Somewhat Disjointed Thoughts on Barack Obama
Just finished watching Obama's acceptance speech, and am trying to get some thoughts down, so bear with me if these aren't fully formulated yet.
Here's the thing: I know that Barack Obama will disappoint me. I know that he will sign bills and stand for policies that I disagree with. I know that there will be plenty of times when I think that he's just not going far enough.
He's going to be someone I will actually be proud to have as my president.
This is a historic candidacy, and a historic moment, and while his stance on policies will at times disappoint me (and, in fact, already has), he is a candidate I actually believe in; this is someone I think has basically the right ideas, and the right priorities (and you know, I think he really believes the things he says).
Listening to his acceptance speech earlier, there were a couple moments where I teared up, especially at the end, when his family came out, because suddenly, it was real, and in January there might be an African American family in the White House. That's pretty damn amazing.
I also was thinking about what I always used to say - "The first Black president is going to be a Republican." I figured that the mathematics of race and racism would never allow a progressive African American candidate to be the first. And of course, given today's anniversary
, I was thinking that 45 years ago, marchers in the civil rights movement faced white Americans - Democrats and Republicans - who fought tooth and nail to deny African Americans access to voting rights, education, and public space.
It amazes me how far we've come, not just since 1963, but even in the past few years. We have a candidate who gave a speech about race in America
that was astonishingly honest and insightful - a speech I never would have thought any candidate would have the courage to give. It's no longer unimaginable that we might have a progressive African American president. We also have a candidate who, in his acceptance speech, asks Americans to support the right of same-sex partners to visit each other when they are in the hospital, and who speaks about the need for equal pay for equal work, who acknowledges the need to support working class Americans. You look at his daughters and you can see some of what motivates him; he wants his daughters to know that they, as African American women, will have a chance to do whatever they want, and that they should be able to succeed whether their father is the president or a teacher or a mill worker or unemployed.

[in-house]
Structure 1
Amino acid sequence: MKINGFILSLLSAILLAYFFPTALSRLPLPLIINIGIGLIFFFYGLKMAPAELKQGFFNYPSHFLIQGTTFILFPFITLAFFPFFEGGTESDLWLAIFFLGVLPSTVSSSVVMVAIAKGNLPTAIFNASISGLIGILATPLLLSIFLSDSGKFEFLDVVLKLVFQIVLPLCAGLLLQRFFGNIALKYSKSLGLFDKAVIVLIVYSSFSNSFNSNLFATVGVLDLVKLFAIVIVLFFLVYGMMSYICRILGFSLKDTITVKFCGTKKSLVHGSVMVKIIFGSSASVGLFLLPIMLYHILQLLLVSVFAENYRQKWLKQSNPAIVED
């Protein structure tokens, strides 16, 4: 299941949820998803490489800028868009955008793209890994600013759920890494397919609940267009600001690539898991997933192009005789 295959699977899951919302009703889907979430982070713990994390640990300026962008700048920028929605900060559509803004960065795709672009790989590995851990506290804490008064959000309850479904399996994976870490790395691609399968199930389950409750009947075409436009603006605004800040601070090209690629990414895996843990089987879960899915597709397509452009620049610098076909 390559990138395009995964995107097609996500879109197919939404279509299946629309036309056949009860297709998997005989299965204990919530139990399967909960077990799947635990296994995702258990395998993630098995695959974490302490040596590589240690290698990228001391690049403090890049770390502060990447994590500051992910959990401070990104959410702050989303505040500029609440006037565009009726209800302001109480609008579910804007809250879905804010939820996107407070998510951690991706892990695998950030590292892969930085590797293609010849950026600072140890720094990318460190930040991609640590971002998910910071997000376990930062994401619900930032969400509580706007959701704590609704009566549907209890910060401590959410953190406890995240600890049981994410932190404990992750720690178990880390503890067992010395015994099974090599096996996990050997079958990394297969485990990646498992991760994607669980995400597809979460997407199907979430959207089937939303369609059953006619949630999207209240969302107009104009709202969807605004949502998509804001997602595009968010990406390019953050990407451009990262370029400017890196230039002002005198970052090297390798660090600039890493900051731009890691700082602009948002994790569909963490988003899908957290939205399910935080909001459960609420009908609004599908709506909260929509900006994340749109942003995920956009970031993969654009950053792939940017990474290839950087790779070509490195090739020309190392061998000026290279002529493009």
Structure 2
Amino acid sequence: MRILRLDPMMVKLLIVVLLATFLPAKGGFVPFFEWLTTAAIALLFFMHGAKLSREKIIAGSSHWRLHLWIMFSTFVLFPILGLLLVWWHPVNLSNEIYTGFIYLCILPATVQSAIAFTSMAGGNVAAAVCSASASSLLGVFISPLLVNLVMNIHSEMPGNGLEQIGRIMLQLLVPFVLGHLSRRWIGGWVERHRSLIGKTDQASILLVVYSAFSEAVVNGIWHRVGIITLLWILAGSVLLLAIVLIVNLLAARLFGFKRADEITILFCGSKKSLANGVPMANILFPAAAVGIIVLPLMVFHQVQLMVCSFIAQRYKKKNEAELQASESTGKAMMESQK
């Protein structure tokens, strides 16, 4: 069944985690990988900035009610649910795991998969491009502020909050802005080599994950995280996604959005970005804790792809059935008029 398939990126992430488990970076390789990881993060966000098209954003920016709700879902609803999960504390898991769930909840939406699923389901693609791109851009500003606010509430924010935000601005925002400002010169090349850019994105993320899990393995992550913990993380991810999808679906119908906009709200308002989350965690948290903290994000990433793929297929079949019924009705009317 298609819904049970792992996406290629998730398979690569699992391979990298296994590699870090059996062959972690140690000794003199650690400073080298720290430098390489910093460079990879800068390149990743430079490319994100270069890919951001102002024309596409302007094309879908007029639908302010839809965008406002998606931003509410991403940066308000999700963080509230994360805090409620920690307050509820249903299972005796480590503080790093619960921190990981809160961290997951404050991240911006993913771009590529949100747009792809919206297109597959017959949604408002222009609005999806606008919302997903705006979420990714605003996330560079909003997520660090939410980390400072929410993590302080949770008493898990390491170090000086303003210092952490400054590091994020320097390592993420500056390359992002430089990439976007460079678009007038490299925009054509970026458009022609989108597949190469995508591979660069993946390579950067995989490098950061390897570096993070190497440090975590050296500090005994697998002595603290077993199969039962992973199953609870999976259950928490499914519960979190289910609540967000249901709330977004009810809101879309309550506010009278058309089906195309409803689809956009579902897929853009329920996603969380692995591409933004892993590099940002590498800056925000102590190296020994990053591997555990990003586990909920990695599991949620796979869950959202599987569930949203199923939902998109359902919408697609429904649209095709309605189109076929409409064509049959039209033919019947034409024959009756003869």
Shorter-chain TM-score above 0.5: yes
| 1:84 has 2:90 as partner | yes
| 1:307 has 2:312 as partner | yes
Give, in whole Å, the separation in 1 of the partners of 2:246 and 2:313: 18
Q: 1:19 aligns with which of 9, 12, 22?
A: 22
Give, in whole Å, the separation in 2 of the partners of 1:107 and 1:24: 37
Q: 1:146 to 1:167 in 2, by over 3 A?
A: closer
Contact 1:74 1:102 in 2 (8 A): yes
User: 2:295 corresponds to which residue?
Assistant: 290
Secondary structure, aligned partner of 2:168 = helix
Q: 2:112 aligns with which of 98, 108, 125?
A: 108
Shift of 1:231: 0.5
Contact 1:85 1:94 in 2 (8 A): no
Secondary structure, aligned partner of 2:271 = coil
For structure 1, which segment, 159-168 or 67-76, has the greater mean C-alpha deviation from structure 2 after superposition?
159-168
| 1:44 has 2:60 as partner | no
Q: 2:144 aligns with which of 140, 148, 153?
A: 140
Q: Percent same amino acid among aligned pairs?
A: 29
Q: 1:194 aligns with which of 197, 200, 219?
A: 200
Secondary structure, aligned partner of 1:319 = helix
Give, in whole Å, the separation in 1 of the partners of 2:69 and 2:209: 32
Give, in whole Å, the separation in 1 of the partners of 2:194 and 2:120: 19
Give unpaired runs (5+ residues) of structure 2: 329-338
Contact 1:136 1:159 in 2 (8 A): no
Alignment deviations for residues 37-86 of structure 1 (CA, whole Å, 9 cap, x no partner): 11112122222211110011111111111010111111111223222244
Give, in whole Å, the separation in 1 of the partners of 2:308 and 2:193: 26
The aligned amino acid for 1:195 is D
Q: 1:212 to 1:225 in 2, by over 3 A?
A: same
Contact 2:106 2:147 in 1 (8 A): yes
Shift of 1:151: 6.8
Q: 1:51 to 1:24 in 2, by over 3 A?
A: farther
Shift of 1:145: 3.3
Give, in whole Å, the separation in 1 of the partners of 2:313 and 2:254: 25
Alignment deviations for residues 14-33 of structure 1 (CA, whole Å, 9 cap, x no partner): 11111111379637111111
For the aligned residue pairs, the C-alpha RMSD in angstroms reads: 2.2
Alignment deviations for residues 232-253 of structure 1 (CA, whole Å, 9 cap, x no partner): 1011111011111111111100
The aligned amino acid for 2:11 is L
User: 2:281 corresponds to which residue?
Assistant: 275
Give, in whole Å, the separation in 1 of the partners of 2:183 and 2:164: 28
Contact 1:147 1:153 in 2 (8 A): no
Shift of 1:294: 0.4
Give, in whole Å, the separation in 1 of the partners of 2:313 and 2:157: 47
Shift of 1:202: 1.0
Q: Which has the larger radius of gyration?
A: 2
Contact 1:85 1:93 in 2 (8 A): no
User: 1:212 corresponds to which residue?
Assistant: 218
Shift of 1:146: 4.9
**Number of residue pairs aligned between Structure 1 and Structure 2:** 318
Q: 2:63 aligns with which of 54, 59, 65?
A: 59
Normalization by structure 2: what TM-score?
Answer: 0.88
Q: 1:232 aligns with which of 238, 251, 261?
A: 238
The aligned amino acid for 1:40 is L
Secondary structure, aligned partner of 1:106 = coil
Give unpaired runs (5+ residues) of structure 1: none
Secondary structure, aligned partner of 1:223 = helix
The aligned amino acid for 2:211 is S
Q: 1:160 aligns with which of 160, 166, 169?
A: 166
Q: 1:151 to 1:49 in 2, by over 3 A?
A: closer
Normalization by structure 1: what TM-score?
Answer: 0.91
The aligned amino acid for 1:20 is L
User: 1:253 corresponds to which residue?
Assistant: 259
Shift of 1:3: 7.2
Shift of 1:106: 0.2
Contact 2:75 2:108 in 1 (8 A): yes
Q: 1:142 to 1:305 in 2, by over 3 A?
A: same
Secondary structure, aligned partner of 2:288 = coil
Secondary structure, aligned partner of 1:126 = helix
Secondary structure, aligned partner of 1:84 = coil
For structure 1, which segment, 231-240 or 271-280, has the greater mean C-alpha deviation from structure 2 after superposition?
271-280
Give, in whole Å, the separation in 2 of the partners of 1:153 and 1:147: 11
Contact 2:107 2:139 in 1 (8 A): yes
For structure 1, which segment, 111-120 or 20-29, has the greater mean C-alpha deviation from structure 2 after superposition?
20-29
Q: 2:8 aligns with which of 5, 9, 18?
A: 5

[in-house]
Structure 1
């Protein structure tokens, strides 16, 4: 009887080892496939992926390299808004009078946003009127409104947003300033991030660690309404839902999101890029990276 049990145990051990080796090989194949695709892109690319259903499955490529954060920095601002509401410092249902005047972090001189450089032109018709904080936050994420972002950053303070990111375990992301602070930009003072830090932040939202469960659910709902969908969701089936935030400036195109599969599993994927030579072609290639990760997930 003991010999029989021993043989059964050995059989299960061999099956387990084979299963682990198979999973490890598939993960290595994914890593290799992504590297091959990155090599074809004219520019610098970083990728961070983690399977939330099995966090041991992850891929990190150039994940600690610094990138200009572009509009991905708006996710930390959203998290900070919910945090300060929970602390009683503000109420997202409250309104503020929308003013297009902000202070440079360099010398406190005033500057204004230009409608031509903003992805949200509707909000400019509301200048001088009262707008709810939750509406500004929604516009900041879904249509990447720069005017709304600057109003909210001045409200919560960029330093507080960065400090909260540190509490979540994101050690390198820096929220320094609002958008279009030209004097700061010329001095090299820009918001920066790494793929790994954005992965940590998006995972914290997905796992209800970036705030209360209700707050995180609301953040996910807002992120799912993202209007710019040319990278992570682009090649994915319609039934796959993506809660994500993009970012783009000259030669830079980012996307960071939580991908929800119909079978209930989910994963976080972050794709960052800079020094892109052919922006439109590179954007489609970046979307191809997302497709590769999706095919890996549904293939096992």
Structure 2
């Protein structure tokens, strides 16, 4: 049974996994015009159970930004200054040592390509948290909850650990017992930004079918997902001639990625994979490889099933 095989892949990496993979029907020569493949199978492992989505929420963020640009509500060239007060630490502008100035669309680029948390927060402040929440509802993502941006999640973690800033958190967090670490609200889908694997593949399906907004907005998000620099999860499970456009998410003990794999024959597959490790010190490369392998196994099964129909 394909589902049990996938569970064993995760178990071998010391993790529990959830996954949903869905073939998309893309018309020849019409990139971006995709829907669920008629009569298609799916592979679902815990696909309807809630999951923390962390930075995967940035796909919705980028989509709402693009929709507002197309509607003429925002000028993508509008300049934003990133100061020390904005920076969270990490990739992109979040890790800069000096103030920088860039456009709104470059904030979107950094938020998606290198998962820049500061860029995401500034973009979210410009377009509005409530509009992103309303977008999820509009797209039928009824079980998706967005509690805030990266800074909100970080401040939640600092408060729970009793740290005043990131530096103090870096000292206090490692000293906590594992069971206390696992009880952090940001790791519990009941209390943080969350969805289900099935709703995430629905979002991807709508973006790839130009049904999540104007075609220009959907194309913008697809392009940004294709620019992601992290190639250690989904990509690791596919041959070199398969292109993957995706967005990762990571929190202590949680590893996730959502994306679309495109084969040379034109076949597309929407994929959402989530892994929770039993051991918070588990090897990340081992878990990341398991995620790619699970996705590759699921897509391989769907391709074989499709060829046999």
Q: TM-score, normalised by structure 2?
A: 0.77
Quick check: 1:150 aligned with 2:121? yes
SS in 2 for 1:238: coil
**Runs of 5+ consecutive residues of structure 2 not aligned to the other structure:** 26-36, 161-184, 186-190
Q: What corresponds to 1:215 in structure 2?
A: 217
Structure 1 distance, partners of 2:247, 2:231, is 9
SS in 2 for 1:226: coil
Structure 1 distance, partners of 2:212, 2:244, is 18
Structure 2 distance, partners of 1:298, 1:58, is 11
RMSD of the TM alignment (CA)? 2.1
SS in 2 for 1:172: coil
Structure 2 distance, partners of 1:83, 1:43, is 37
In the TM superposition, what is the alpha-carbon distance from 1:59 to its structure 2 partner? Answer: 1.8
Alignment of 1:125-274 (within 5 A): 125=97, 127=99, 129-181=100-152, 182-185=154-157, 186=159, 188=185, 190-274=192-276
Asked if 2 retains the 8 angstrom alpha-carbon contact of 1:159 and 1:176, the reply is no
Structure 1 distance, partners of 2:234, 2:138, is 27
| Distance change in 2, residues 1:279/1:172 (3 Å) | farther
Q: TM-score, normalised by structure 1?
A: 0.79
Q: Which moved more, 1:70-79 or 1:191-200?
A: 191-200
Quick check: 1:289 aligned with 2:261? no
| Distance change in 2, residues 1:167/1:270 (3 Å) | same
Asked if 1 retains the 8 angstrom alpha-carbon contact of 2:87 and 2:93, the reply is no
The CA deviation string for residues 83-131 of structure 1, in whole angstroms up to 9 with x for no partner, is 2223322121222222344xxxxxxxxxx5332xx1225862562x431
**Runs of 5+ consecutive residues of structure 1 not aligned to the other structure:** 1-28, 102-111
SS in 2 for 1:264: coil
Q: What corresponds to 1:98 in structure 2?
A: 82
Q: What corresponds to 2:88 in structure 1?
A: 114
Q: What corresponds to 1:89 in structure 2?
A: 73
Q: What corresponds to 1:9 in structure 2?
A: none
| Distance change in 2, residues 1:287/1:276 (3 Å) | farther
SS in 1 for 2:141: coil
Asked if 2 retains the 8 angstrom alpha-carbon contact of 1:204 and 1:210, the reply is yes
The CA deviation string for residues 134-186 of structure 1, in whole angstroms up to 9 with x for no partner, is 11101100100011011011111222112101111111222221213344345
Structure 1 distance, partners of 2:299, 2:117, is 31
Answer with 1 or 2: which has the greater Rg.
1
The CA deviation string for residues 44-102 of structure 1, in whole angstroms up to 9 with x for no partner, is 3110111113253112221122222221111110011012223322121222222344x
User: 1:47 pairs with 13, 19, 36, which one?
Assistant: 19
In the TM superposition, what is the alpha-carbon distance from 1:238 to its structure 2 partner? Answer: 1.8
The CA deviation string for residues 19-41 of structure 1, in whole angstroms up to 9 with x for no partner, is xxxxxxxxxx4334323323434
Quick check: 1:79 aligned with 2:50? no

Clearly, he's not going to be able to even the playing field for his daughters or for any other children to the point where their race, class, gender, and sexuality won't impact their opportunities. But I believe that he will try his damnedest to do it anyway, and that's exactly what we need.
Realism tells us that these problems are not going to be solved in one presidency, or one lifetime. Realism tells us that Obama will not live up to all of his promises, and realism tells us that there will be compromises that many of us won't like.
But sometimes, we need to ignore realism for a moment, and believe that maybe we could
solve these problems now, today. Because those moments - moments where you listen to a candidate and you want to believe that, yes, these things are possible - those are the moments that give us the strength to fight against the odds, the strength to fight against all realistic expectations, for the changes we need.
And you know, it's really hard to end this post with something that doesn't sound like an Obama campaign slogan, because it is all about change; we need a candidate who believes that he can change fundamental things like the way we think about race or the way our political system favors corporations over people. We need someone who understands that even if the change will not come tomorrow, we have to fight for it as if it will.
We need hope. We need optimism. And even if you know that you'll be disappointed, it's still OK to believe.